"I think it's important an artist doesn't wait to be discovered," says Anna Stump, whose proactive attitude shows in each medium she's tackled. Stump is one half of the painting-and-print team Hill&Stump, founder of the women-only Feminist Image Group, an art teacher at San Diego City and Grossmont colleges, an art instructor at the Richard J. Donovan Correctional Facility and a New York Times-reviewed blogger.
In each channel, Stump skirts the norm. As an adjunct professor, she has reformed the colleges' curriculums to include the art world's business side, preparing students for the honest realities of professionalism.
"That stuff wasn't talked about when I was in college," she says. "At that time, you'd never talk about getting your hands dirty like, 'How do you file your taxes? How do you price your work?'"
In her personal art, Stump is fascinated by the human physique, which she says can garner discomfort from some audiences. "Because I was a dancer, I feel really comfortable with bodies," she says. "I like all bodies, and I think the more bodies we see, the better."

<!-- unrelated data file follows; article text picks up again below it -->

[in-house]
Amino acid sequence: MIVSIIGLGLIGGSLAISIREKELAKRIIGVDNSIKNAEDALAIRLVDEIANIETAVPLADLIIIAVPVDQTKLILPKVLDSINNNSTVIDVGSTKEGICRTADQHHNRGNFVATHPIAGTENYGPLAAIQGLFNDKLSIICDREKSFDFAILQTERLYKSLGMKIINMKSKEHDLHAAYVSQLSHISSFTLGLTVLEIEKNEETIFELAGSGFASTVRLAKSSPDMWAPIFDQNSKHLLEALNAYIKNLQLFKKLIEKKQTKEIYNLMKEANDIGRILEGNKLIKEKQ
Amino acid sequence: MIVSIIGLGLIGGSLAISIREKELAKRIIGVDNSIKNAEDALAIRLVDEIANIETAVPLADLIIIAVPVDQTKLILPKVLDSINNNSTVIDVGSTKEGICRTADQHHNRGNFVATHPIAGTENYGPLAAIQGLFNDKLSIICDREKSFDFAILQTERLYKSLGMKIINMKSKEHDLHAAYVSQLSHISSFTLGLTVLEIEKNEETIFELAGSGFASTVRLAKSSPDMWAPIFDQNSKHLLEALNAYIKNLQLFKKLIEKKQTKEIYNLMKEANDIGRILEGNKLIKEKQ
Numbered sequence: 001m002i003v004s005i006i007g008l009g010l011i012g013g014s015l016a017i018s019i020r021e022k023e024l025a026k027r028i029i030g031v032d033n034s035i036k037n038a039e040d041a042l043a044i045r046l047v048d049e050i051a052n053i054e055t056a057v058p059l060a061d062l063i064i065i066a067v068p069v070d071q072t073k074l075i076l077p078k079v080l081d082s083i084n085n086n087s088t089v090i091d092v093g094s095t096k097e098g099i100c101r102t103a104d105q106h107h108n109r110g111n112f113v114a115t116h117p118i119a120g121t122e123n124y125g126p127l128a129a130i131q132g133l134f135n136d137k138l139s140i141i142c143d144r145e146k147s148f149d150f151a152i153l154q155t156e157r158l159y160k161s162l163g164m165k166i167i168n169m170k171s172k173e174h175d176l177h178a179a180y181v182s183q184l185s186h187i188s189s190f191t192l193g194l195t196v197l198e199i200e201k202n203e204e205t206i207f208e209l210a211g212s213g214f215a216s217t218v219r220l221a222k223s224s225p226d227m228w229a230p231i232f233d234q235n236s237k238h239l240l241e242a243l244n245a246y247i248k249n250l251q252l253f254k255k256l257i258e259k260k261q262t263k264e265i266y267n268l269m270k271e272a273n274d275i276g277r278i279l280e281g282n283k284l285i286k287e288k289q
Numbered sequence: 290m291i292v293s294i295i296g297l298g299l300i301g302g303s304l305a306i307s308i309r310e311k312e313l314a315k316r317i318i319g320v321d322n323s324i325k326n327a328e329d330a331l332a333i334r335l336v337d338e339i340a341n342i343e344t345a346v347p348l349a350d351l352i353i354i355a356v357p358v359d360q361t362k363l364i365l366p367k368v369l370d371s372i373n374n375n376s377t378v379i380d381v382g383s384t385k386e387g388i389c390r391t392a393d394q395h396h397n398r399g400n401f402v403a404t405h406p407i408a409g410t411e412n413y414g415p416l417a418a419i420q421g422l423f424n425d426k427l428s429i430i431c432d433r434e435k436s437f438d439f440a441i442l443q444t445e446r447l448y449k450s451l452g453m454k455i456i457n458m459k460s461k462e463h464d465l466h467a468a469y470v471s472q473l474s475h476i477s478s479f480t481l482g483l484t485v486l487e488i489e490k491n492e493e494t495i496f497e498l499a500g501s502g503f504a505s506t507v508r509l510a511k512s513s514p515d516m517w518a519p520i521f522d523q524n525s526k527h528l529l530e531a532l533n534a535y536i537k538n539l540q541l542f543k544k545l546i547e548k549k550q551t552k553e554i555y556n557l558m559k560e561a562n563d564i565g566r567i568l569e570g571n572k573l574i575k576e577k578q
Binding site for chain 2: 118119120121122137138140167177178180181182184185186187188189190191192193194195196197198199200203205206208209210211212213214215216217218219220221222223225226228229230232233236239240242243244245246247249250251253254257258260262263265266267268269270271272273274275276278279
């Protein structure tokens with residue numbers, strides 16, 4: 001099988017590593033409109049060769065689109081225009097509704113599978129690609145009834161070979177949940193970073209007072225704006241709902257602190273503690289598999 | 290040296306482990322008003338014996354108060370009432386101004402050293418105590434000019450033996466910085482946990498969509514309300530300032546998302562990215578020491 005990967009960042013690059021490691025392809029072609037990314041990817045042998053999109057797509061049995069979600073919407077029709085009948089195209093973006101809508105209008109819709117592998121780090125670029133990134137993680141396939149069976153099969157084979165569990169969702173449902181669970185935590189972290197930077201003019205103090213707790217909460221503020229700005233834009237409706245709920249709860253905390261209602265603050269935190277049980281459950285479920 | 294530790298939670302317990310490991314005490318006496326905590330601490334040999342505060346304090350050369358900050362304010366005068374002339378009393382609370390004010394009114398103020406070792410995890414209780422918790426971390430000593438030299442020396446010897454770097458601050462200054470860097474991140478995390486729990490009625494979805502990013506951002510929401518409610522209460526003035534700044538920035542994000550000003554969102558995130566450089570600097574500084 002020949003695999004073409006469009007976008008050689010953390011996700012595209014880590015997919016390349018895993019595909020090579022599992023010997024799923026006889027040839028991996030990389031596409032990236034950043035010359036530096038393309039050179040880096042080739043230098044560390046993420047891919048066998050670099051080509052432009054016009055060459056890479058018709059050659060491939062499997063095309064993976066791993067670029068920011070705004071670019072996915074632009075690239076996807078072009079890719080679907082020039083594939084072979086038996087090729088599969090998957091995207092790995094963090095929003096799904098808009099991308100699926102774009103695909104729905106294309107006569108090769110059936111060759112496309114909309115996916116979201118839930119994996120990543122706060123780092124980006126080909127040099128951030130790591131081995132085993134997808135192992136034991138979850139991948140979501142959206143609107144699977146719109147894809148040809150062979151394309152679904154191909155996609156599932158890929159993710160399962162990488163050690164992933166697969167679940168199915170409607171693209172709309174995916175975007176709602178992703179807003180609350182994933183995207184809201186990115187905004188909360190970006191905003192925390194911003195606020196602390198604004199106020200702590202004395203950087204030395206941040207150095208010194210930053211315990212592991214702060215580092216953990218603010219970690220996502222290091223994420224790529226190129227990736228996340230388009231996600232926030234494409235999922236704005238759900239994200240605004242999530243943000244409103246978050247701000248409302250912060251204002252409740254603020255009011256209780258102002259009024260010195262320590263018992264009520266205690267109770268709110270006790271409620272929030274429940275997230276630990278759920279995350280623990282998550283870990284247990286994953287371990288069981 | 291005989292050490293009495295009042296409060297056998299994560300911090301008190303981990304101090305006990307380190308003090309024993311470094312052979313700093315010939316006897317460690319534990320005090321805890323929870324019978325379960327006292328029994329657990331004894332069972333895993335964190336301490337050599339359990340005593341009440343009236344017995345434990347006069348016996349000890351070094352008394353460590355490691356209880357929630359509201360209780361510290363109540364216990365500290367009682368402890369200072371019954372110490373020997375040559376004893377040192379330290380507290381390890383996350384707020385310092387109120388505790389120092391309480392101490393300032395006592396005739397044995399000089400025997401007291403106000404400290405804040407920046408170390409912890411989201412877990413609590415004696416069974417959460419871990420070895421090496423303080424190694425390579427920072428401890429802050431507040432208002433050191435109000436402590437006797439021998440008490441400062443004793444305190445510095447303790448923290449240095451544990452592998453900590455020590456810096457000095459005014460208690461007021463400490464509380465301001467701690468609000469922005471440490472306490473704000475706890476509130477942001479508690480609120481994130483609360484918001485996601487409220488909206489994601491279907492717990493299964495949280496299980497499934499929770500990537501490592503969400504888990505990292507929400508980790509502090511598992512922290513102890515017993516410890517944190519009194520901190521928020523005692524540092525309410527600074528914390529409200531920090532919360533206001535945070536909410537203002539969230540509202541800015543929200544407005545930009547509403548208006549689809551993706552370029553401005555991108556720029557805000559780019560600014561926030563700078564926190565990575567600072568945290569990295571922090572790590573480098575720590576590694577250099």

When she wrote a self-reflecting blog in Turkey, she used a Bratz doll to personify herself in photos, loving how politically incorrect the toy was. In every aspect of her work, sexuality, feminism, environmentalism and identity overlap.
Although San Diego and Los Angeles are Stump's mainstays, she's headed across the pond next year. In fall, the Feminist Image Group's work will appear in a Swedish gallery, and in summer, she'll pursue a two-week residency in Ireland.